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Development update: City Council moves two projects forward amid pandemic

Megan Holmes



The St. Petersburg City Council moved two projects forward during their first meeting held virtually via Zoom last week. Council members approved an extension of the due diligence period for a site at 600 26th Street South and moved forward a six-story building with 10 dwelling units and ground floor retail at the corner of 3rd Avenue and 6th Street South in downtown St. Pete.

Significant discussion surrounded the two developments. The proposed development at 3rd Ave  and 6th St S. brought “no” votes from Council members Gina Driscoll, Deborah Figgs-Sanders and Lisa Wheeler-Bowman. The development brought pushback particularly from Driscoll, who represents the development area. She cited negative feedback from existing residents in the neighborhood, and her concern that the development would be out of scale with the rest of the neighborhood.

The development at 600 26th Street South won unanimous approval after nearly an hour of discussion. It is a proposed 14,000 square foot development, of which 5,000 square feet would be devoted to manufacturing, with 2,000 square feet of loft space for use as a craft distillery; 2,000 square feet for artist studios and galleries; an additional 5,000 square feet to be leased as light manufacturing/office space or other allowed uses; and 5,000 square feet for an event space, complete with adequate parking for the facility. This development is particularly controversial because the developer, Orange Belt LLC, was asking for its fourth amendment to the agreement since signing with the city in September 2017.

600 26th St S

According to the developer, because the site is a mitigated brownfield, which has been vacant for 30 years, the development and permitting process has been particularly difficult, significantly extending the proposed 180-day due diligence period over a period of years. Orange Belt LLC has invested more than $200,000 thus far on the site, securing permitting for the site plan, including all underground work for sewer, water, stormwater, landscaping, sidewalks and curbing. According to Orange Belt LLC leadership, the latest delay was caused by the difficulty obtaining approval for the site’s stormwater mitigation plan from the Southwest Florida Water Management District.

The developer also cited the need to scan the area for possible hazardous materials, such as buried petroleum tanks, as a further complication to the site’s timeline.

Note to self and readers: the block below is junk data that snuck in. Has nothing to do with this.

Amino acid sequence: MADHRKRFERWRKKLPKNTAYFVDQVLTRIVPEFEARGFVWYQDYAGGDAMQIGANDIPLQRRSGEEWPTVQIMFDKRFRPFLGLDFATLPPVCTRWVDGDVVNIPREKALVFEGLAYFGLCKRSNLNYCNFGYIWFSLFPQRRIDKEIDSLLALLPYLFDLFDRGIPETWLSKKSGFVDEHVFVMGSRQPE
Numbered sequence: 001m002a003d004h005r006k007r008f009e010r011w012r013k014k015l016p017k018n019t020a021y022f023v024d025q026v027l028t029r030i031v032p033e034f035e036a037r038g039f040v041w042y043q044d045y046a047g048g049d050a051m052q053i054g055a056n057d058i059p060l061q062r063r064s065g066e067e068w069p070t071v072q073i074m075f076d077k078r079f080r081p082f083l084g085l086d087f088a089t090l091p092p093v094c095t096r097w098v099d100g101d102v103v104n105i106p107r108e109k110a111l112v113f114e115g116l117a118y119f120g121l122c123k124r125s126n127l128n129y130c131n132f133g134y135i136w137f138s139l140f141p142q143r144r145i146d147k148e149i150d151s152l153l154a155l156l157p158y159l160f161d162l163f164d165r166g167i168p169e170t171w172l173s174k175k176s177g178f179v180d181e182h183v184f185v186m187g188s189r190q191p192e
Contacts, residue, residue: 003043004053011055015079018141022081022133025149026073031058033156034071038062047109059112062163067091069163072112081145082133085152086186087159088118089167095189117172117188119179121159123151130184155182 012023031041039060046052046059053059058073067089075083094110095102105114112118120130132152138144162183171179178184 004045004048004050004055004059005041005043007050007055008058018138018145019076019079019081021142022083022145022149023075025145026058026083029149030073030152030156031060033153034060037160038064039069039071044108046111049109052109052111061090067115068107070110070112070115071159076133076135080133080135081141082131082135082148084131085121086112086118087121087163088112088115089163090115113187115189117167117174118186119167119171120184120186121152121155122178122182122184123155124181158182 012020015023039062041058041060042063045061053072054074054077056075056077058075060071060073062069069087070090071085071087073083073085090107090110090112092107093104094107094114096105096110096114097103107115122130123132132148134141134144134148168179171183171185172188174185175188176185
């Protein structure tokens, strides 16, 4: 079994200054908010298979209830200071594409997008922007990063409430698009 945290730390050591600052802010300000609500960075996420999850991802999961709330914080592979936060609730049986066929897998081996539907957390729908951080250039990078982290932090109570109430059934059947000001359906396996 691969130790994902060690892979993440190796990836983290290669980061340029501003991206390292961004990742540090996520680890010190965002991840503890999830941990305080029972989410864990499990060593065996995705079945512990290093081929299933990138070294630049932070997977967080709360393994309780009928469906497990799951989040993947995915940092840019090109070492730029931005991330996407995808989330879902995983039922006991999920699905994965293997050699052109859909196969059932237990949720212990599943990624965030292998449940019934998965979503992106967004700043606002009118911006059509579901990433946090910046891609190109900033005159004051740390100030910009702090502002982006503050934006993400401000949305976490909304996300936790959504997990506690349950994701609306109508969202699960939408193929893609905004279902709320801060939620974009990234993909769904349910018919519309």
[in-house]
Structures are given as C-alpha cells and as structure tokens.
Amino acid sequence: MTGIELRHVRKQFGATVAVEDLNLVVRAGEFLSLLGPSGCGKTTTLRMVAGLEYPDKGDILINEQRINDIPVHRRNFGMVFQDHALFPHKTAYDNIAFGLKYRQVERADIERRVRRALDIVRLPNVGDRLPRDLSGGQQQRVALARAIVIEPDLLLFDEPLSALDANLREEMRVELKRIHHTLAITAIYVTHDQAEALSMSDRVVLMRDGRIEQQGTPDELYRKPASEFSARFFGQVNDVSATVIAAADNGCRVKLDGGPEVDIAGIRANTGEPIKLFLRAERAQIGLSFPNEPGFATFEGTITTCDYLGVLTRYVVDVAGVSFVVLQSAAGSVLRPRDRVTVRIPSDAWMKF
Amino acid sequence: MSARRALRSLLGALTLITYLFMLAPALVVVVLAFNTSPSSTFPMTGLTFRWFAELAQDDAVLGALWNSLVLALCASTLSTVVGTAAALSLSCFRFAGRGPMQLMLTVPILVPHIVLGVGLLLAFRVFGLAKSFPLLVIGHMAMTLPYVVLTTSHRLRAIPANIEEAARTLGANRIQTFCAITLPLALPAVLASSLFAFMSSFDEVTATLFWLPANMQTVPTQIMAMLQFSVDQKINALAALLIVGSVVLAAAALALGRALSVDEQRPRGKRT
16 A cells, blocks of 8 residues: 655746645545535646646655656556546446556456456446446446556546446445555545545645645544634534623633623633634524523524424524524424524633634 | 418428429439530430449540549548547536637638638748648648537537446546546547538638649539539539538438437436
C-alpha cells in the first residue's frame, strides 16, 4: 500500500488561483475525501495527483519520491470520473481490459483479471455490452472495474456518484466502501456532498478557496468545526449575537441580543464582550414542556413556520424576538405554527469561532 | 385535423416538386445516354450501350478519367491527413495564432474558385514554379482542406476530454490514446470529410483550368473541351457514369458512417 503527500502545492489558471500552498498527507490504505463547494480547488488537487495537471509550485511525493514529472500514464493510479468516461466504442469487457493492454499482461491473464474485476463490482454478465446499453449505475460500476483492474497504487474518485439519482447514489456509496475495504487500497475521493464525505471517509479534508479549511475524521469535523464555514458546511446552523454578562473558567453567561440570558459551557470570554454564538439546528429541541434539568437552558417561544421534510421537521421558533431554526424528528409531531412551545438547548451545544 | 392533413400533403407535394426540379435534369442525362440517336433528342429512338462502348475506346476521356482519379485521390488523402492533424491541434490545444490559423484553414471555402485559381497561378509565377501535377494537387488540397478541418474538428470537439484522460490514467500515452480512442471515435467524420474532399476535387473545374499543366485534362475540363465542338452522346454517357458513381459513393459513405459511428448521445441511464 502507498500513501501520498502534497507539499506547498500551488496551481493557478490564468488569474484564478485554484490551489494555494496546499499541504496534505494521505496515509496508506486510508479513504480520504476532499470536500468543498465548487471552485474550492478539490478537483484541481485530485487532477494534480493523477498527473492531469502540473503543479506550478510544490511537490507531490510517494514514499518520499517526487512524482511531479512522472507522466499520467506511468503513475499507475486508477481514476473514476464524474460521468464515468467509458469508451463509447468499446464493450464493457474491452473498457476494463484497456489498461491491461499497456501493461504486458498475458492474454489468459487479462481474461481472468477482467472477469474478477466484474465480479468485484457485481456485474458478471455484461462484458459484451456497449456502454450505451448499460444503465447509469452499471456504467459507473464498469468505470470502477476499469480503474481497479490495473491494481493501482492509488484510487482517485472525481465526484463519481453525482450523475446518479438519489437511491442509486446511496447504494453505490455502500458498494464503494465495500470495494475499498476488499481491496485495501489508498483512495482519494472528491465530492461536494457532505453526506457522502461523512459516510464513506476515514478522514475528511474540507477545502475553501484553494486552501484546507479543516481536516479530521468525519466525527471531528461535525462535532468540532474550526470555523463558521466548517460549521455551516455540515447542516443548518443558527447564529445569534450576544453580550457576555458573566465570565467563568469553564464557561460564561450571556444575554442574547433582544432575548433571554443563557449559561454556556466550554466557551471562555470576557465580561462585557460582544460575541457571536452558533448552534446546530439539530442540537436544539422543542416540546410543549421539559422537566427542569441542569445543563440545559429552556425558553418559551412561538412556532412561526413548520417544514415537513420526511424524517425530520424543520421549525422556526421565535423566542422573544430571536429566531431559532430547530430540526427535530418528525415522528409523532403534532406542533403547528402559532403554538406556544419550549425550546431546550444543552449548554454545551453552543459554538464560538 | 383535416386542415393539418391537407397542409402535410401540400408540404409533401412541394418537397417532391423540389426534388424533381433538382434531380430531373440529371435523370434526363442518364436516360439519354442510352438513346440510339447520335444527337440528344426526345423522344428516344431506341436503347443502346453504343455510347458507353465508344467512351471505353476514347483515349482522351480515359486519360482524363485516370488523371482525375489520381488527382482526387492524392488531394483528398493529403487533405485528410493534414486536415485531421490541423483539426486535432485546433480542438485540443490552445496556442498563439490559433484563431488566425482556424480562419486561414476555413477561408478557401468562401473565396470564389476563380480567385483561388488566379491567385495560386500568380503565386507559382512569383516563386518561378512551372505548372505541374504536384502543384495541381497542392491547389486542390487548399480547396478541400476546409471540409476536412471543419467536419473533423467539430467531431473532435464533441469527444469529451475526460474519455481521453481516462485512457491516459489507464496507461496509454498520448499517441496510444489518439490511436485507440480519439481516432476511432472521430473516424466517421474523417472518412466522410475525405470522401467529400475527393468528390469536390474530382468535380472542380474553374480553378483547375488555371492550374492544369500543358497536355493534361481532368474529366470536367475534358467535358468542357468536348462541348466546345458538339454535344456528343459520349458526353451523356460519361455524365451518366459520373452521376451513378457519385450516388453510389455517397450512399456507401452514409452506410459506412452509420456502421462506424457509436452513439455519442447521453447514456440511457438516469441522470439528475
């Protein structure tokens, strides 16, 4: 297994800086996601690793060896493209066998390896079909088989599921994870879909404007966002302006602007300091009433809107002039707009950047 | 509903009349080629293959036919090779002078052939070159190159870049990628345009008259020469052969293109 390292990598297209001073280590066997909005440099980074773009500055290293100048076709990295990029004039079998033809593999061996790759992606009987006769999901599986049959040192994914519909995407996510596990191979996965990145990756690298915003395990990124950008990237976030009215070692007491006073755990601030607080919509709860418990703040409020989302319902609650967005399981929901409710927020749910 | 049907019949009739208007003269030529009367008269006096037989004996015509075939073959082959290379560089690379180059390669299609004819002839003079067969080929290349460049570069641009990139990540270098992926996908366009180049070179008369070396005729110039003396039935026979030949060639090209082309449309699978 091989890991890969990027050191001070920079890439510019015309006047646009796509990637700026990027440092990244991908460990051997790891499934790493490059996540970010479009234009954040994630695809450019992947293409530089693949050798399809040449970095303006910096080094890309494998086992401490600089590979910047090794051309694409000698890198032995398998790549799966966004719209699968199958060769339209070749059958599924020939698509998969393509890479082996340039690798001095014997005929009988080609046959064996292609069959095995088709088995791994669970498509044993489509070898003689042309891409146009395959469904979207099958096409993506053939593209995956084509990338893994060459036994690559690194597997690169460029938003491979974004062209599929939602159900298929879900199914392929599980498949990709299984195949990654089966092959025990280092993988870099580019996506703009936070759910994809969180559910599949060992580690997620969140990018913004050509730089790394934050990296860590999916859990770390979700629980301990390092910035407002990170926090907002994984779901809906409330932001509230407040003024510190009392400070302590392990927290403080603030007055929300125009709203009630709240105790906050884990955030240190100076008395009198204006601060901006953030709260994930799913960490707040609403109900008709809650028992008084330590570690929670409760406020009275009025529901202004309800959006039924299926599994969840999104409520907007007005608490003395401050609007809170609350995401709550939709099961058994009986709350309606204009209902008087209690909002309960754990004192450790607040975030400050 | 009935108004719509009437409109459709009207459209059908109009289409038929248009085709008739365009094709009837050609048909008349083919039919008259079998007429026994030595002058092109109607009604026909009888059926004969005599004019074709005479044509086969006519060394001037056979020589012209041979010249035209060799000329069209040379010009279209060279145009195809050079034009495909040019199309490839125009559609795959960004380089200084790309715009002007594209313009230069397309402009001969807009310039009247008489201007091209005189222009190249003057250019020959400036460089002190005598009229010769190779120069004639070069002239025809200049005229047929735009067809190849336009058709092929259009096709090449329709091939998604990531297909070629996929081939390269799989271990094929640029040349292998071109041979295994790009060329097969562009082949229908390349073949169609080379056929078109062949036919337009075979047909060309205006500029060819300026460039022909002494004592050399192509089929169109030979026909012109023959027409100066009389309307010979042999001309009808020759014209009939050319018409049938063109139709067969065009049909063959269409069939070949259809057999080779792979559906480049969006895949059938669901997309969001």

Driscoll expressed reservations at approving yet another extension for the site. She compared the delays seen at the Orange Belt site to two previous projects that were terminated after lengthy extensions, Commerce Park and the vacant lot adjacent to Tangerine Plaza, which TLM Investment Group agreed to lease and develop in 2014. “Is this another situation where we have to cut our losses?” Driscoll asked. “I know we’re not talking apples to apples here, but I think there’s a case for consistency in how we question the feasibility of a project after so many delays.”

City staff and other council members, including Brandi Gabbard, urged Driscoll not to compare the sites. “I give the Johnsons a lot of credit for being a novice commercial developer and tackling something like this,” Gabbard said. “The amount of money that they have personally invested in this already speaks volumes about their commitment.”

“I can’t say at the end of the day the performance was there in the previous projects,” Alan DeLisle, city development administrator said. “That is, are they moving forward with their permits, are they doing the site work? Those are really important elements that we look at from a professional standpoint.”

“In this case, I do see unanticipated challenges related to the site,” DeLisle said. “But I see a strong push to get to the goal line that I did not see in other cases.”

“We’re in the middle of a pandemic,” Wheeler-Bowman said. “We have a company before us needing a little bit more time because we don’t know what’s going to happen.

“That lot has been vacant for over 30 years, nobody wanted to touch it,” she explained. “So if we were going to stop that project right now, we would have to start over with someone else. They have invested over $200,000 … I want this in my district because I know it’s going to create jobs, it’s not going to just be a parking lot.”

City Council Chair Ed Montanari had a message for developers working in St. Petersburg. “We are in unchartered territory here, not just here in St. Petersburg but around the world,” Montanari said. “We want to protect people who want to invest in this city… and I want to send a very clear message, to developers and people that want to do business here in St. Petersburg, that we’re willing to work with you.”

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1 Comment

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    Fletcher Moore

    April 21, 2020at11:26 am

    Does anyone know who the developer proposing the 6-story, 10-unit project at the corner of 3rd and 6th is? Thank you.

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